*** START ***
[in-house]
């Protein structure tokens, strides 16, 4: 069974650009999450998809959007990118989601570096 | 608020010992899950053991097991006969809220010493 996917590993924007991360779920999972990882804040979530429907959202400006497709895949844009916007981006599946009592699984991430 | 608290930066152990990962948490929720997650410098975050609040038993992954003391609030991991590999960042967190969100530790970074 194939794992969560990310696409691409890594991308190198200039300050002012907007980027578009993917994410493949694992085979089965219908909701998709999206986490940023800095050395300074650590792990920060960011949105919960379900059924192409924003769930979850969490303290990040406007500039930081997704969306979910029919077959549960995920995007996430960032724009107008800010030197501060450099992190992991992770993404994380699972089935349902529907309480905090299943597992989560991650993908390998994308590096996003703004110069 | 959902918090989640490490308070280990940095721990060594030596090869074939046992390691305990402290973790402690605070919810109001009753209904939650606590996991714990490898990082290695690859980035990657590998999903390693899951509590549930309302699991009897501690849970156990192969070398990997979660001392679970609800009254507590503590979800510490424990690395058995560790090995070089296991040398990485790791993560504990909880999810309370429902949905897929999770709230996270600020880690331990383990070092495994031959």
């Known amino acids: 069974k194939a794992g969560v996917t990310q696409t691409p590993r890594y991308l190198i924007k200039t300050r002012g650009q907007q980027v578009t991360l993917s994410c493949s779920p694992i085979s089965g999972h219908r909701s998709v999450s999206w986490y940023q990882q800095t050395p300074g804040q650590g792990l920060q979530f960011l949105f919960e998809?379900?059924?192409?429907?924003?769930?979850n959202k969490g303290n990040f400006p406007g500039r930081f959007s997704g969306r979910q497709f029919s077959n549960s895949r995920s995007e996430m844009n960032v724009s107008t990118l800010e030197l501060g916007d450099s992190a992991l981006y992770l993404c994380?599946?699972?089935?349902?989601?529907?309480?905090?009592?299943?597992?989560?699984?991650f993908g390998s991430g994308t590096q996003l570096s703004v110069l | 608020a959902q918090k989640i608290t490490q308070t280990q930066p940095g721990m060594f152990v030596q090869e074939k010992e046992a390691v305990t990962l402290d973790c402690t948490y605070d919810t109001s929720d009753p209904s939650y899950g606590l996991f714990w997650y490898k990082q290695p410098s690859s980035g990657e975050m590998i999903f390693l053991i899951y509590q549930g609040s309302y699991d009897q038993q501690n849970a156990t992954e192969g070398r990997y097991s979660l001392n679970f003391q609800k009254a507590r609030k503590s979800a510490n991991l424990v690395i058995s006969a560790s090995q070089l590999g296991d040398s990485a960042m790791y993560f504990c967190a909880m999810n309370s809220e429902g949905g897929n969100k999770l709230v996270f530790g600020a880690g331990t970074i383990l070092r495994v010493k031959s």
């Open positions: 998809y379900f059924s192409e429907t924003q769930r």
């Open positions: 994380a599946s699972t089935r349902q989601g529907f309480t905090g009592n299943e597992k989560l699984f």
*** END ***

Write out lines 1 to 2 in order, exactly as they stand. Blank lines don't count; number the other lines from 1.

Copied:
[in-house]
């Protein structure tokens, strides 16, 4: 069974650009999450998809959007990118989601570096 | 608020010992899950053991097991006969809220010493 996917590993924007991360779920999972990882804040979530429907959202400006497709895949844009916007981006599946009592699984991430 | 608290930066152990990962948490929720997650410098975050609040038993992954003391609030991991590999960042967190969100530790970074 194939794992969560990310696409691409890594991308190198200039300050002012907007980027578009993917994410493949694992085979089965219908909701998709999206986490940023800095050395300074650590792990920060960011949105919960379900059924192409924003769930979850969490303290990040406007500039930081997704969306979910029919077959549960995920995007996430960032724009107008800010030197501060450099992190992991992770993404994380699972089935349902529907309480905090299943597992989560991650993908390998994308590096996003703004110069 | 959902918090989640490490308070280990940095721990060594030596090869074939046992390691305990402290973790402690605070919810109001009753209904939650606590996991714990490898990082290695690859980035990657590998999903390693899951509590549930309302699991009897501690849970156990192969070398990997979660001392679970609800009254507590503590979800510490424990690395058995560790090995070089296991040398990485790791993560504990909880999810309370429902949905897929999770709230996270600020880690331990383990070092495994031959």